Door County Board Votes in New Chair, Retains County Administrator Position
In its first full meeting since the removal of former Door County Administrator Michael Serpe and the April 3 elections, the Door County Board of Supervisors wasted no time heading into a new era.
After swearing in the new supervisors, the board unanimously elected Dan Austad as the new Door County Board Chairman, a position previously held by Leo Zipperer. In an April 12 letter to his fellow supervisors, Zipperer announced that he wanted to step aside after serving as chairman for 14 of his 24 years on the board.
Zipperer also used the letter to endorse Austad, who had been vice-chairperson. Austad thanked Zipperer for his years of service and said that taking over for Zipperer “was like taking over for Lombardi.”
After filling its top seat, the board voted unanimously to continue with a County Administrator position after a lengthy discussion. There had been some support in recent months for reverting to an Administrative Coordinator position, which would give more power to supervisors.
The County Administrator has general administrative oversight over the operations of the county. This includes the power to appoint department heads, subject to board approval, and to merge departments. An Administrative Coordinator coordinates all administrative and management functions of the county government based on what the county board and committees instruct them to do.
Supervisor Kenneth Fisher said the Administrative Services Committee had deadlocked at a vote of 4-4 and thus had no recommendation to bring before the board.
Speaking for himself, Fisher said that he would like to retain the administrator position and “negotiate down the authority” of the position, making sure that whoever is chosen for the position understands that the board wants to be more informed of and offer more input on the administrator’s decisions.
Supervisor John Neinas, also a member of the Administrative Services Committee, said that he felt that “everyone at the meeting was trying to get to the same place, whether you come down a few notches from administrator or come up a few notches from a coordinator.” Several other Supervisors echoed these comments, while also adding that they still saw a need for a CEO-type position at the head of the County government.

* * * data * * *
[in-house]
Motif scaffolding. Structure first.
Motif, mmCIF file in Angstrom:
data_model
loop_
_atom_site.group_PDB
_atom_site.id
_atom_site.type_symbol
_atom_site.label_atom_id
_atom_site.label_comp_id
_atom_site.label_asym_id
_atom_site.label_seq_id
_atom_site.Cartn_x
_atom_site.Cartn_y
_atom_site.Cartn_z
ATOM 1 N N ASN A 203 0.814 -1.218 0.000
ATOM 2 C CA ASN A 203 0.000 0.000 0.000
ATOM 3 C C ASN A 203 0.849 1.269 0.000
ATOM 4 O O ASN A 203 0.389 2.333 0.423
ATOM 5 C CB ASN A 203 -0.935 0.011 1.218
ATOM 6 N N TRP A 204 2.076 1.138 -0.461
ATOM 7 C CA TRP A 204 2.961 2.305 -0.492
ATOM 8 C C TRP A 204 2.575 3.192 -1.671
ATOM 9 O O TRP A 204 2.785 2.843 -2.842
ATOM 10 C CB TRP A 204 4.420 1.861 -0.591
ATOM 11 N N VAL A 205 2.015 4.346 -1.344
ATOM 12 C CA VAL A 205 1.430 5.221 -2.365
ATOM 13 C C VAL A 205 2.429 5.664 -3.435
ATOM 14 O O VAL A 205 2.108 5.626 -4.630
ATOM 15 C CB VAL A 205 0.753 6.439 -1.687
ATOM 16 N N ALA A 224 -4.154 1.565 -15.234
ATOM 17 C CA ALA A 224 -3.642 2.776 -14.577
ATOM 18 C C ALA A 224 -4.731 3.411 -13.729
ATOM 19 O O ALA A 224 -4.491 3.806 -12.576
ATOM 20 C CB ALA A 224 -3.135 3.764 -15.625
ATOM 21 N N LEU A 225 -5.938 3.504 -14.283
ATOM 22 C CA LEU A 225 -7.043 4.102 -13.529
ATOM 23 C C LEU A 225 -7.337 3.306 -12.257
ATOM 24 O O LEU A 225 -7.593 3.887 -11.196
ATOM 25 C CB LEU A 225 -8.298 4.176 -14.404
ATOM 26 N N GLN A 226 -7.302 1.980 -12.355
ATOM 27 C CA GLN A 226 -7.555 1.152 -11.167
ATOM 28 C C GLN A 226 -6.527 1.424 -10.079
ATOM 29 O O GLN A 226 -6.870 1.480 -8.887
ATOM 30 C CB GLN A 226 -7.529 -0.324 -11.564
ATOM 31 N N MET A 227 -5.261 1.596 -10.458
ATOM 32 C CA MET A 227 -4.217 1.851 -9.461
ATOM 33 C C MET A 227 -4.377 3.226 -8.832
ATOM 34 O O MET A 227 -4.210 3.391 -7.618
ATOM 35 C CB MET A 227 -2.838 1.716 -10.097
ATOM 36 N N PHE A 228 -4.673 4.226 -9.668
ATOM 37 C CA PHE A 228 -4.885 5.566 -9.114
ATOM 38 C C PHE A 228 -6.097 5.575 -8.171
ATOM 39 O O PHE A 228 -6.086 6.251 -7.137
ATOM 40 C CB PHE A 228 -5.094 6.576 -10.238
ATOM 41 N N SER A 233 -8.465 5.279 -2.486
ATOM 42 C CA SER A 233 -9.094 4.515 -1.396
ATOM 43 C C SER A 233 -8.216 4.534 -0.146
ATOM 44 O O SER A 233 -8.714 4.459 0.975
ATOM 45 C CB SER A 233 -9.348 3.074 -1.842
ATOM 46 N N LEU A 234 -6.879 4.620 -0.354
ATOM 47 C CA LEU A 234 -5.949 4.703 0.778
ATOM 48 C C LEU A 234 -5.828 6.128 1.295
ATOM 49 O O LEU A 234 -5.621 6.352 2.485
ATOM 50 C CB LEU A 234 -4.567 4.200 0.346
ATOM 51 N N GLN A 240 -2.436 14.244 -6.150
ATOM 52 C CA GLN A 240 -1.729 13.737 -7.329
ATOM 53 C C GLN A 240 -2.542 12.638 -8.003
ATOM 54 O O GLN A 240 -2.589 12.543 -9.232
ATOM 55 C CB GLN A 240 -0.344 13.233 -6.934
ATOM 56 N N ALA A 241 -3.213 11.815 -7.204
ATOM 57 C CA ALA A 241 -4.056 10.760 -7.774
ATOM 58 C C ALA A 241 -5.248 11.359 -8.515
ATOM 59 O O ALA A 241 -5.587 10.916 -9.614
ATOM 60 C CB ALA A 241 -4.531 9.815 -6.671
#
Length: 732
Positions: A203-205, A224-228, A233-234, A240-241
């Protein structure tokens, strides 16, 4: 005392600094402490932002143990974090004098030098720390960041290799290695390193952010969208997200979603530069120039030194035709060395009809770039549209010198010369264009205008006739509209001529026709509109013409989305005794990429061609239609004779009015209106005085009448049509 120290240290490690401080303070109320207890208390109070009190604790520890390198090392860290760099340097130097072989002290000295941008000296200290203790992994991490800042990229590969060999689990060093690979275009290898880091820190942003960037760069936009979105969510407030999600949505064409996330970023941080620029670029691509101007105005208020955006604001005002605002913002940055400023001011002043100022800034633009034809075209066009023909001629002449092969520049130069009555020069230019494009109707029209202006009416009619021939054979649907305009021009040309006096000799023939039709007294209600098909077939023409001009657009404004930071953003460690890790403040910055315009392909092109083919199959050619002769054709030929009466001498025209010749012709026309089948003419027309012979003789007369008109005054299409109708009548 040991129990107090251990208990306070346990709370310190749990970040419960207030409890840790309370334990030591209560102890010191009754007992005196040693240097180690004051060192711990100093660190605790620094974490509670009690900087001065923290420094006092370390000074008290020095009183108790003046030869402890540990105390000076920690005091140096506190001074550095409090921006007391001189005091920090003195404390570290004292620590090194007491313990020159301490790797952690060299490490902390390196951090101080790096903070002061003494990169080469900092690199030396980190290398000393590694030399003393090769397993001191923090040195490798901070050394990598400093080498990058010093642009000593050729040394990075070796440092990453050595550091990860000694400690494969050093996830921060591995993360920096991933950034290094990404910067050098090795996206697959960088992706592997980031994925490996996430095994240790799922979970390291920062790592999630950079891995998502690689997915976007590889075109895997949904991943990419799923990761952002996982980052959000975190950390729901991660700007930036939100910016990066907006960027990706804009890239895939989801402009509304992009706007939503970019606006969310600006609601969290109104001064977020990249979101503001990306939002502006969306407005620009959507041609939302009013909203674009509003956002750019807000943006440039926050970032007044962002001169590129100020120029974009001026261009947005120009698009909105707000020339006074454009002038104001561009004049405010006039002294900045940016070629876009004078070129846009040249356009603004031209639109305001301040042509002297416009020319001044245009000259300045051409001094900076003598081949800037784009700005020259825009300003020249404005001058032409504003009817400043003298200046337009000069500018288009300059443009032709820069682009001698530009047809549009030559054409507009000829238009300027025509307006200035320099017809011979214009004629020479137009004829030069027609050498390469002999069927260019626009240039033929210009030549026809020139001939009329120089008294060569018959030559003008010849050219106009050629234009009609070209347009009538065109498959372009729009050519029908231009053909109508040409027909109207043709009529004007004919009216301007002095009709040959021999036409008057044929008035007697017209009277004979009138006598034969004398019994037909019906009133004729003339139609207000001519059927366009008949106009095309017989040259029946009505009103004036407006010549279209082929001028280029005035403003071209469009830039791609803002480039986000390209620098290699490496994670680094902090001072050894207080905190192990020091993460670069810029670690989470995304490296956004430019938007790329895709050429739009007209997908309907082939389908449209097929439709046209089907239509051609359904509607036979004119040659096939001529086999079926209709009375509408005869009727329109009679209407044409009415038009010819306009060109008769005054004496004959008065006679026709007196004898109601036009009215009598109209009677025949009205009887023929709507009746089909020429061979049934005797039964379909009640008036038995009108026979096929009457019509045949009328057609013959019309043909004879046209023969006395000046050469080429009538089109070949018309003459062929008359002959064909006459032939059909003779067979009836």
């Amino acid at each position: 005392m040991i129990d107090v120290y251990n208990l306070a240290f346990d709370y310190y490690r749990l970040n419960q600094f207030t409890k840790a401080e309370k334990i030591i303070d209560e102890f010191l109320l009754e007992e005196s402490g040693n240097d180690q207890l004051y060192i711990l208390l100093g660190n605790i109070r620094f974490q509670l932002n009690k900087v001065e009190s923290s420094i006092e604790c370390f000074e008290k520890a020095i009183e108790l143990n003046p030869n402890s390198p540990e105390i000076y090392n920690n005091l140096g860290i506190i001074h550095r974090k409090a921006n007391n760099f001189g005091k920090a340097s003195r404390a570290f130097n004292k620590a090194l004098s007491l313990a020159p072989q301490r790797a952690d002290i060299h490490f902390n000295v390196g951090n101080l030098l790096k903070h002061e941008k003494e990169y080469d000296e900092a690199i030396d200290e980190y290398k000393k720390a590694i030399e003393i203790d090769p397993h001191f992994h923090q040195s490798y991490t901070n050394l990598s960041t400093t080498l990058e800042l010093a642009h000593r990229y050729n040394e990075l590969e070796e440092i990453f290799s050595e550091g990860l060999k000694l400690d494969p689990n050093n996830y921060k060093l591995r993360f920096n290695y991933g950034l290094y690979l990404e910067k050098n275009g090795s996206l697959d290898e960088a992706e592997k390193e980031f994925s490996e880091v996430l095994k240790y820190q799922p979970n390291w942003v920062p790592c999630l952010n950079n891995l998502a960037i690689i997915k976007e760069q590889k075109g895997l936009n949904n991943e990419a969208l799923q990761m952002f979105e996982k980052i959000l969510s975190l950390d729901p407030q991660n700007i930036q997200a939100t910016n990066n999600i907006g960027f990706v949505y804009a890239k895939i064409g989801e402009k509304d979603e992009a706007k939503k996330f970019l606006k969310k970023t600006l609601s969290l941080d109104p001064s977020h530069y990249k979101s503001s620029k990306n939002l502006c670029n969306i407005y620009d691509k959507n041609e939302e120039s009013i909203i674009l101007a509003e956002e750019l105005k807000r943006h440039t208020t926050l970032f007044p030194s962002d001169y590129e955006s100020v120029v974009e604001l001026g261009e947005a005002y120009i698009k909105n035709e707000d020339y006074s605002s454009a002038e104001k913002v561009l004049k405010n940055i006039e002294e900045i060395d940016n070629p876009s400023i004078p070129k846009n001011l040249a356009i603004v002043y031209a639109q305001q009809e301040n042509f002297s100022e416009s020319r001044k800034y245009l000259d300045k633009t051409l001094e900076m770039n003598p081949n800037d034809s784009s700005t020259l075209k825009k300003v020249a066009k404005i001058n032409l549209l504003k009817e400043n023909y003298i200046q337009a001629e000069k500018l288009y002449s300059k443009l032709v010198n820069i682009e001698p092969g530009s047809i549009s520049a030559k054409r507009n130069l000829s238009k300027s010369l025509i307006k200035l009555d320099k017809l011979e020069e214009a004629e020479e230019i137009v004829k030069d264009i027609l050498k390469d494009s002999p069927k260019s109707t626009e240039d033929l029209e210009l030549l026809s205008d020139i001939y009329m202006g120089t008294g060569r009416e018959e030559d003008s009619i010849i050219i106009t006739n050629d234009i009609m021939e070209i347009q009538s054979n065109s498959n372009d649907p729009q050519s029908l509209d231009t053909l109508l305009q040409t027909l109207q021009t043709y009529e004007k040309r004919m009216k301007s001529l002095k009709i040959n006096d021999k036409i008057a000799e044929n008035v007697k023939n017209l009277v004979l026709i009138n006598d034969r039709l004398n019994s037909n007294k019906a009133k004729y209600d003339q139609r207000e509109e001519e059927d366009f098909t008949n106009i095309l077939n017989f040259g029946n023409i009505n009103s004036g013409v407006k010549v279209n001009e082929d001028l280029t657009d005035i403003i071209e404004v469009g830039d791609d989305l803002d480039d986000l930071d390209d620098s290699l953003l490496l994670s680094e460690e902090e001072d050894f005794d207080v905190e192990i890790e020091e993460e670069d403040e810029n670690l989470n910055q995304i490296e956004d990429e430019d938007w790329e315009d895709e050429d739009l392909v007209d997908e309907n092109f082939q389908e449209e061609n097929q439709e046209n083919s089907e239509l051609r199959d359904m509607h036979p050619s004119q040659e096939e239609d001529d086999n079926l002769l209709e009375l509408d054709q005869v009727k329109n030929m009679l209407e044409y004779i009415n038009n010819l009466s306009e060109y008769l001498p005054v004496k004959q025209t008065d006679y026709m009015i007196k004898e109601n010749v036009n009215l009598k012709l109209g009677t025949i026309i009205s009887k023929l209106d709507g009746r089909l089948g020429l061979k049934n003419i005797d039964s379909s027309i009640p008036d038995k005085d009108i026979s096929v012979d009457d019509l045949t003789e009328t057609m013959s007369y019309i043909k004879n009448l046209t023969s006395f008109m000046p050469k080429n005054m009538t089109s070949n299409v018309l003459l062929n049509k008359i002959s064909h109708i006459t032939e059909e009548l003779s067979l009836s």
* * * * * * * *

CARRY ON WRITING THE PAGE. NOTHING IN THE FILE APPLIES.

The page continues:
Interim County Administrator Grant Thomas, who also serves as the county’s corporation counsel, explained that the duties and powers of the County Administrator are laid out concretely in the state statutes, but the board has two major checks on the administrator’s power: policymaking and budgeting authority.
“How the County Administrator carries out those duties is influenced to a great extent by the policies the county board puts in place and also the budgetary limitations,” Thomas said. “It’s a give and take.”
Supervisor Mark Moeller motioned that the board keep the administrator position and allow the Administrative Services Committee to draft requirements for the position that would be brought back to the full board for final approval. The motion also called for the committee to bring the final three candidates of its eventual search back to the full board for final approval.
After a speech by Zipperer, in which he stated that having the full board approve the final candidates for the position was an overreach of the board’s authority, the motion was amended to simply retain the administrator position and refer the matter back to the Administrative Services Committee.
This simplified version of the motion was what passed unanimously. The matter will go back to the Administrative Services Committee in May, which will draft a revised position description and launch its search for a new administrator.
All 21 supervisors were in attendance at the meeting, although Roy Englebert of District 3 was unable to act officially pending the certification of the April 12 recount of his district’s votes.